Posted by: Morgan Hubbard | November 12, 2010

Memory is an endangered species

Great piece in The Root today on Baby Boom-generation African Americans’ memories of the Civil Rights era. A terrible thing happens when people die: they take their memories with them. Their memories become inaccessible, forever. And the last person to remember something really big, really important, really traumatic…when that person dies, something else happens. Our understanding of that event changes, too.

This is especially important when it comes to social groups who have historically lacked access to what becomes the documentary record. In twentieth-century American history, this generally means ethnic minorities and the poor. An American who was 12 years old in 1954, the year the United States’ highest court officially repudiated “separate but equal,” is 68 years old now. The average life expectancy in this country (genders averaged) is 78. That gives us a decade, maybe less, to ask this hypothetical person what his life was like. After that, it’s just historians picking at scraps.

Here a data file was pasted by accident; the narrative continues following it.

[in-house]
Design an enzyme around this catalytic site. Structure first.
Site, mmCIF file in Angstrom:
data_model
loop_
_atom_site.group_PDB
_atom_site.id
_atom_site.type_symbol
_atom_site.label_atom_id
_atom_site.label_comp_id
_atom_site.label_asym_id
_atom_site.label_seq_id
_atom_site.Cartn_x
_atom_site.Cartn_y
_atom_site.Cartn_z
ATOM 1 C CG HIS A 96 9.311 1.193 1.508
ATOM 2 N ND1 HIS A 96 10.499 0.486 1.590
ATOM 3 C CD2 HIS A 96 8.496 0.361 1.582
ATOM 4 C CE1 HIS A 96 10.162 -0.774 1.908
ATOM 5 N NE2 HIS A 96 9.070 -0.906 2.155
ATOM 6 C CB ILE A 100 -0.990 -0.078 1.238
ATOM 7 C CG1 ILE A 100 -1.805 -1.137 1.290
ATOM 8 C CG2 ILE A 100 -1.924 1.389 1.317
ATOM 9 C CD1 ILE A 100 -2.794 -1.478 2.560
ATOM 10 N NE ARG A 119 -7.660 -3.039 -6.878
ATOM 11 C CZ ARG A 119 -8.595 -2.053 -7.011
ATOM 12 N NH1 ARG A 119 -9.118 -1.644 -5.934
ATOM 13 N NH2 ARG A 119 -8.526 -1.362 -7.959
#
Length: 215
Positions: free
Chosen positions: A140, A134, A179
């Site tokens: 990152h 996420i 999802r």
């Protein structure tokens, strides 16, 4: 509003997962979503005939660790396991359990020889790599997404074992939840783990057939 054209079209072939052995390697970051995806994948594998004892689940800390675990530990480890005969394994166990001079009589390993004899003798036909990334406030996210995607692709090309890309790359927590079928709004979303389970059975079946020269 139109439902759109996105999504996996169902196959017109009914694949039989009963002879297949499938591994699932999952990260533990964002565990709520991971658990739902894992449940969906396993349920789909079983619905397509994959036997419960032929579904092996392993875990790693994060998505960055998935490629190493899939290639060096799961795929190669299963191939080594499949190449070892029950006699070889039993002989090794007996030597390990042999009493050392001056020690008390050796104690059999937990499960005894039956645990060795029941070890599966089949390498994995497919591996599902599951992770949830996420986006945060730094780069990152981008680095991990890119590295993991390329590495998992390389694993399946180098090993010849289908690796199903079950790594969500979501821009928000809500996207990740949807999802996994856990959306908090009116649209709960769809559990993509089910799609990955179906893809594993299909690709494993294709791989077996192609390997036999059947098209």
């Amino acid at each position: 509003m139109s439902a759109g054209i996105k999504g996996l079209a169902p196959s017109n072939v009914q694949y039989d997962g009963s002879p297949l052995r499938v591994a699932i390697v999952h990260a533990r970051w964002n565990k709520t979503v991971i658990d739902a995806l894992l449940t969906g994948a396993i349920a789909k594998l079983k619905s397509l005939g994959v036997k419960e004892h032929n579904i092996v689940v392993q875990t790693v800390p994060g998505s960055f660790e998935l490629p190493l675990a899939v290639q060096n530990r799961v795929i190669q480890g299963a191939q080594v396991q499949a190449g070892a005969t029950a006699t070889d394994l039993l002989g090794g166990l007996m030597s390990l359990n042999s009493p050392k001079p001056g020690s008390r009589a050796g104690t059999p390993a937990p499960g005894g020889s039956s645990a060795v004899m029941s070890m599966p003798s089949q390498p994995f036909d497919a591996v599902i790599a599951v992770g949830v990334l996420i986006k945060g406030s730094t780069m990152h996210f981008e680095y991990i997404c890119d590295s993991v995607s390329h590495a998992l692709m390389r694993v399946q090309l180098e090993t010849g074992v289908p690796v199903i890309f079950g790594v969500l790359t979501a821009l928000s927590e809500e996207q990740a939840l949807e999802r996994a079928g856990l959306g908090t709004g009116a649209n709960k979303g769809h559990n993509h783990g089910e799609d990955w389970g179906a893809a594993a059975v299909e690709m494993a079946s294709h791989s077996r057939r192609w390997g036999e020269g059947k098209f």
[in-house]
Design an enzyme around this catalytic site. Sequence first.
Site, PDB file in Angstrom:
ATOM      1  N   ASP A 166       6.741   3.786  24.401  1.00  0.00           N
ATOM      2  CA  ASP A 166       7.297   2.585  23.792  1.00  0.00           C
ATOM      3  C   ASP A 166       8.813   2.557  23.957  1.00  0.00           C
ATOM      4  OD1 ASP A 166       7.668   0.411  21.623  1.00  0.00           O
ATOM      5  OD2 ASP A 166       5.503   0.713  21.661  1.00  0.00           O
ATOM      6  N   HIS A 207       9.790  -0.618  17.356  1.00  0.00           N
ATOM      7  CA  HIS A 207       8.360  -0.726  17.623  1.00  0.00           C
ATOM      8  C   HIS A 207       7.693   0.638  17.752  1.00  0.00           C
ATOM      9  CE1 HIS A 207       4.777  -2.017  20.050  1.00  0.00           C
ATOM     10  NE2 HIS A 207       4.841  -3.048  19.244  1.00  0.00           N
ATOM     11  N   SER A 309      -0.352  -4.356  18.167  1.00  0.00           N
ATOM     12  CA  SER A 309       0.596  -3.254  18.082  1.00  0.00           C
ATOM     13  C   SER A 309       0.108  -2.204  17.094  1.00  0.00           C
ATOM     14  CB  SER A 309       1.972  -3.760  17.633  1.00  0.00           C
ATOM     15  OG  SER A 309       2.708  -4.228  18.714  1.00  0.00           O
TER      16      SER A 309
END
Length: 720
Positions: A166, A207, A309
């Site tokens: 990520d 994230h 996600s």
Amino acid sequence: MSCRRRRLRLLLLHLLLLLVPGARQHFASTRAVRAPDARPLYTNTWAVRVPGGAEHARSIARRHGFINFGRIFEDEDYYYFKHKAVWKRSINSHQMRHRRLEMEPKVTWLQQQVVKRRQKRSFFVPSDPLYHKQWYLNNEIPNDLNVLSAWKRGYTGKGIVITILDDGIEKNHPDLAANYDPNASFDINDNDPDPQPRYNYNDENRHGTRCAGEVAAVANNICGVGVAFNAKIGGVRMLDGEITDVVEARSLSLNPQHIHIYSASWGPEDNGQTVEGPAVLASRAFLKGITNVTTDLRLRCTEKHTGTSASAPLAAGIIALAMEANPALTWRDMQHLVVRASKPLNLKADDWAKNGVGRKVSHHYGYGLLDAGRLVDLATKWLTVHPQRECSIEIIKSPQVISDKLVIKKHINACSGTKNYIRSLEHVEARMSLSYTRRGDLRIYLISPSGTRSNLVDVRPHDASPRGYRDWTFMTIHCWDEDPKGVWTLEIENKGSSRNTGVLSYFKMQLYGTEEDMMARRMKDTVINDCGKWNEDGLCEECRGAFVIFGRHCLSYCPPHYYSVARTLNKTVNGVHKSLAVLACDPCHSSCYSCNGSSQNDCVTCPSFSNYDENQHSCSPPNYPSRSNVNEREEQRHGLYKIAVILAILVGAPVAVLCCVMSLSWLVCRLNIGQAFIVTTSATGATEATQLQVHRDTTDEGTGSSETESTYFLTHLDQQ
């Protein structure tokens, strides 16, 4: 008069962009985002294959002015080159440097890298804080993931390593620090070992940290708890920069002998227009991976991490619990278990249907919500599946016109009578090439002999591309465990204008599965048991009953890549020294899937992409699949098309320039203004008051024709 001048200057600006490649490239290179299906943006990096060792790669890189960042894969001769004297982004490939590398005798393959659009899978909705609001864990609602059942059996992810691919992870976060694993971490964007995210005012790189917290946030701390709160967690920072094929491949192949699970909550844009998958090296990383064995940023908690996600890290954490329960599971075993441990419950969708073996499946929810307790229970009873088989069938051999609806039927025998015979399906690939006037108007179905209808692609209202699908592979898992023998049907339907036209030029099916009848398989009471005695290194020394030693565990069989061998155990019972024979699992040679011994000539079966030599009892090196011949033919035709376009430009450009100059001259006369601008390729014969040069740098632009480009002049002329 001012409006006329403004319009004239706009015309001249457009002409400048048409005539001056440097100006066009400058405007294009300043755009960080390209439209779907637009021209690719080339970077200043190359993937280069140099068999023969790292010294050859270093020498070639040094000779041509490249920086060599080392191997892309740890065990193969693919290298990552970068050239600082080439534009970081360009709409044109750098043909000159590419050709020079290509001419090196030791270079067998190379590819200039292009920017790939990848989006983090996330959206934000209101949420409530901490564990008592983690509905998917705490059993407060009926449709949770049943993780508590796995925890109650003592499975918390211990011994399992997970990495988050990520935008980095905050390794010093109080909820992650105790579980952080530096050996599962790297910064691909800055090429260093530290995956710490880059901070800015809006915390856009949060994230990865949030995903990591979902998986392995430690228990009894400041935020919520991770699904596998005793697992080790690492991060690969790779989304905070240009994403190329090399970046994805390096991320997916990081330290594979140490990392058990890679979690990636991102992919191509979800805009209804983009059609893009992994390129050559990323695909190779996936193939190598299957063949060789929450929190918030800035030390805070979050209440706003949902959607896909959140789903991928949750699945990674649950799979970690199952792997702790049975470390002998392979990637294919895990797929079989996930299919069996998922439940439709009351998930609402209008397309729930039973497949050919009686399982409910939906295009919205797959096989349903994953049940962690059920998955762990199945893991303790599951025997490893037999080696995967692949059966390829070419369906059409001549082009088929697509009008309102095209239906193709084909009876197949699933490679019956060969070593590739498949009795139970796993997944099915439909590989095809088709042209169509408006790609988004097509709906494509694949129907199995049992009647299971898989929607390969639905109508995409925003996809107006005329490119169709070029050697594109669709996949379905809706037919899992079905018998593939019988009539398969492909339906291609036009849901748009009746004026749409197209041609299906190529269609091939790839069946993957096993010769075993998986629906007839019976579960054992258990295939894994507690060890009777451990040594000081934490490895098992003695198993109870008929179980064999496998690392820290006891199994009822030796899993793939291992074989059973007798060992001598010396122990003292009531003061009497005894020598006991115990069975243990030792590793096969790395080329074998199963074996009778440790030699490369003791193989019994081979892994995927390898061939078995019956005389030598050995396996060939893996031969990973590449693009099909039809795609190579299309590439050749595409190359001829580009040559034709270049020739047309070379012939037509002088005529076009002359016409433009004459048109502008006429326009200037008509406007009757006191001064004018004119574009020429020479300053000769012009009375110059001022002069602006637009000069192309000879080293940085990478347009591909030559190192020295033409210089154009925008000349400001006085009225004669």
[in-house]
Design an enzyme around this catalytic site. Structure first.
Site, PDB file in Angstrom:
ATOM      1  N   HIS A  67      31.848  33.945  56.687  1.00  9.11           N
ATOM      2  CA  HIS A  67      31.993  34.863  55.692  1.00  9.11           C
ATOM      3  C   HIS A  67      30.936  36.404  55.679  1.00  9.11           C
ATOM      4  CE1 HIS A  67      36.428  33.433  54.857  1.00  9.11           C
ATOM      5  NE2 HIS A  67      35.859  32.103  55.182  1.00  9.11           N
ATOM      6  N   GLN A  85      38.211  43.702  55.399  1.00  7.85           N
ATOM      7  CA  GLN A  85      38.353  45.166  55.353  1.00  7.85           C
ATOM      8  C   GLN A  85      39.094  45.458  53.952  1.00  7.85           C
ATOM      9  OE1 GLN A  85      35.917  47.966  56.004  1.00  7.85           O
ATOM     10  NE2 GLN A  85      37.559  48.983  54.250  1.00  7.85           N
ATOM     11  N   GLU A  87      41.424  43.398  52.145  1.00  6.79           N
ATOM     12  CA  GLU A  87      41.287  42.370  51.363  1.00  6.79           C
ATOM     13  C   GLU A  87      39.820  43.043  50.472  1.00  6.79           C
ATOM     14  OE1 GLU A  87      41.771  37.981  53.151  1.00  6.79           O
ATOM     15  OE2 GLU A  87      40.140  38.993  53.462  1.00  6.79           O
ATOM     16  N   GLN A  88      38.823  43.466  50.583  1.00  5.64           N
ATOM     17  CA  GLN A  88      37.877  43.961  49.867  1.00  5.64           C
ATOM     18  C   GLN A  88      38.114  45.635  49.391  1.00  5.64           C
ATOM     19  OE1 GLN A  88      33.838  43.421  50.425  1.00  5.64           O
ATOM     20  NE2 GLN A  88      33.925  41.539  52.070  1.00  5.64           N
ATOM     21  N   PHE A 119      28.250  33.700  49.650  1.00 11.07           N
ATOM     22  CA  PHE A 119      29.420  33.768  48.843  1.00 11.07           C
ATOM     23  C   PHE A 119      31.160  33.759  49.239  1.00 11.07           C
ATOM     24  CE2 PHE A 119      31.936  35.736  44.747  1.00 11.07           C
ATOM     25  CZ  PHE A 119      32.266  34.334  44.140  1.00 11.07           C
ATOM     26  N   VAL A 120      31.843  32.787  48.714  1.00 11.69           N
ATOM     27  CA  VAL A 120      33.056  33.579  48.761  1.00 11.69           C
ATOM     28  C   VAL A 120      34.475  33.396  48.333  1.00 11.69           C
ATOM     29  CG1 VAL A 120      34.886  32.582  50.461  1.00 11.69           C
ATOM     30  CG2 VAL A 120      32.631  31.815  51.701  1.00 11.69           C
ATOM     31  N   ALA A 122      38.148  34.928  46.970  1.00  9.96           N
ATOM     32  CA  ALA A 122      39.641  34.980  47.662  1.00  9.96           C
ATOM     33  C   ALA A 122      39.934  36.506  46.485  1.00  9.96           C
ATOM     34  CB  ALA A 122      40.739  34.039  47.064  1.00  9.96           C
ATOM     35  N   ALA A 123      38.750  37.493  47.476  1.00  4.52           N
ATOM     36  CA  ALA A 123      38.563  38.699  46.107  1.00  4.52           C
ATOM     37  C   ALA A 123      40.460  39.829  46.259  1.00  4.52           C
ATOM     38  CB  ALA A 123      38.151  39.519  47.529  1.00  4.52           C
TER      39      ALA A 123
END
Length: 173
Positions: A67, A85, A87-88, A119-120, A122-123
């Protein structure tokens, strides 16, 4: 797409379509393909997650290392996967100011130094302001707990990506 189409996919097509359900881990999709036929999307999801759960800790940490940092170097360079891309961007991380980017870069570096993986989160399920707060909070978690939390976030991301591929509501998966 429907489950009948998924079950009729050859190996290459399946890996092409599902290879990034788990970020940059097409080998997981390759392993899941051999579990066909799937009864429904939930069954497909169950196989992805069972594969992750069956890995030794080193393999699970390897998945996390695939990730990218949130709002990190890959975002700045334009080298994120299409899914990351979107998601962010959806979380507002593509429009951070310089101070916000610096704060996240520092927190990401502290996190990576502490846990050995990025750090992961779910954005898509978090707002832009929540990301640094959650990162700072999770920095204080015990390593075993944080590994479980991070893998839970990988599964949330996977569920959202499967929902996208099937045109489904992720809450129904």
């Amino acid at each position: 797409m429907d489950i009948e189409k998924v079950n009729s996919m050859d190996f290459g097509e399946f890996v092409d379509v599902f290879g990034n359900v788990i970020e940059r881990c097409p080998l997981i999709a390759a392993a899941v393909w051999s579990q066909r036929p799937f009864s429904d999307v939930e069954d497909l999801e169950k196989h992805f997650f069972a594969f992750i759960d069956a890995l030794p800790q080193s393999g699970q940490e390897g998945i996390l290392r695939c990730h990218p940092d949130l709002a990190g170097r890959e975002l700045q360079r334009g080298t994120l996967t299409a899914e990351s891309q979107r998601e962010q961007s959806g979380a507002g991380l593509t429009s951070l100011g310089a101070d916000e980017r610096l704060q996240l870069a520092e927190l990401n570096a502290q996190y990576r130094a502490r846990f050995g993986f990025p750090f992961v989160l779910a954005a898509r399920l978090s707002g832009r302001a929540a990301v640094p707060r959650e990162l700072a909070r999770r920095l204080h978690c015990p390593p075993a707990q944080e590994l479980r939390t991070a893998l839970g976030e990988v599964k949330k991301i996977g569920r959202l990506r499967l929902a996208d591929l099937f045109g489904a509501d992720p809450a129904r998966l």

The good news is, technology has made amateur oral history a tangible reality. If you have a smart phone, you can conduct an oral history. StoryCorps has an excellent DIY guide to recording someone’s story, and there are plenty of other resources online.



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